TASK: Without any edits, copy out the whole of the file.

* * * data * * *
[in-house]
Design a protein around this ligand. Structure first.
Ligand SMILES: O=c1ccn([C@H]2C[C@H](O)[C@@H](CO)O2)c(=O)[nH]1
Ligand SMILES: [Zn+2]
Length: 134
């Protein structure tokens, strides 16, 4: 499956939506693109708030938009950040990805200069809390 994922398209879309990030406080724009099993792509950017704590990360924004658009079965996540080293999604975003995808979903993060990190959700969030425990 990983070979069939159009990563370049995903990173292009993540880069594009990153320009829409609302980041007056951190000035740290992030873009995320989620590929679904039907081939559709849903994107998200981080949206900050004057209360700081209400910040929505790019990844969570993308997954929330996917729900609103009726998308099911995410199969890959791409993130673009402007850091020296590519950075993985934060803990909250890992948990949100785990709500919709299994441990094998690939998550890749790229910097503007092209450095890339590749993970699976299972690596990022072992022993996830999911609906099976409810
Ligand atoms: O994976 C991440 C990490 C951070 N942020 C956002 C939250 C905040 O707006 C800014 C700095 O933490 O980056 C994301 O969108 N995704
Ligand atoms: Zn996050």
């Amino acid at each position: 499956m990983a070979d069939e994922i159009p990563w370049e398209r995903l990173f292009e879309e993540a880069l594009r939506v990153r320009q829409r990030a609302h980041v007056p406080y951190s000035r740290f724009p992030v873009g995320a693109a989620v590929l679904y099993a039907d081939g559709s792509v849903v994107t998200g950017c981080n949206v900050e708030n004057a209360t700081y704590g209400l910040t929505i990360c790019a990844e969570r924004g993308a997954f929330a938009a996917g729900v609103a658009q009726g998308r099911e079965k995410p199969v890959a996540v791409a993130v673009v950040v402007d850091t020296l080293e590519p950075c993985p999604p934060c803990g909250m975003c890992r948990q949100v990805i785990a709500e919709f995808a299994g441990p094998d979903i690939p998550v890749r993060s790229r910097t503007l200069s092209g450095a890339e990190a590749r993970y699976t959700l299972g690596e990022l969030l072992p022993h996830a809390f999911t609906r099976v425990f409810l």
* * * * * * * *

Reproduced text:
[in-house]
Design a protein around this ligand. Structure first.
Ligand SMILES: O=c1ccn([C@H]2C[C@H](O)[C@@H](CO)O2)c(=O)[nH]1
Ligand SMILES: [Zn+2]
Length: 134
């Protein structure tokens, strides 16, 4: 499956939506693109708030938009950040990805200069809390 994922398209879309990030406080724009099993792509950017704590990360924004658009079965996540080293999604975003995808979903993060990190959700969030425990 990983070979069939159009990563370049995903990173292009993540880069594009990153320009829409609302980041007056951190000035740290992030873009995320989620590929679904039907081939559709849903994107998200981080949206900050004057209360700081209400910040929505790019990844969570993308997954929330996917729900609103009726998308099911995410199969890959791409993130673009402007850091020296590519950075993985934060803990909250890992948990949100785990709500919709299994441990094998690939998550890749790229910097503007092209450095890339590749993970699976299972690596990022072992022993996830999911609906099976409810
Ligand atoms: O994976 C991440 C990490 C951070 N942020 C956002 C939250 C905040 O707006 C800014 C700095 O933490 O980056 C994301 O969108 N995704
Ligand atoms: Zn996050």
């Amino acid at each position: 499956m990983a070979d069939e994922i159009p990563w370049e398209r995903l990173f292009e879309e993540a880069l594009r939506v990153r320009q829409r990030a609302h980041v007056p406080y951190s000035r740290f724009p992030v873009g995320a693109a989620v590929l679904y099993a039907d081939g559709s792509v849903v994107t998200g950017c981080n949206v900050e708030n004057a209360t700081y704590g209400l910040t929505i990360c790019a990844e969570r924004g993308a997954f929330a938009a996917g729900v609103a658009q009726g998308r099911e079965k995410p199969v890959a996540v791409a993130v673009v950040v402007d850091t020296l080293e590519p950075c993985p999604p934060c803990g909250m975003c890992r948990q949100v990805i785990a709500e919709f995808a299994g441990p094998d979903i690939p998550v890749r993060s790229r910097t503007l200069s092209g450095a890339e990190a590749r993970y699976t959700l299972g690596e990022l969030l072992p022993h996830a809390f999911t609906r099976v425990f409810l």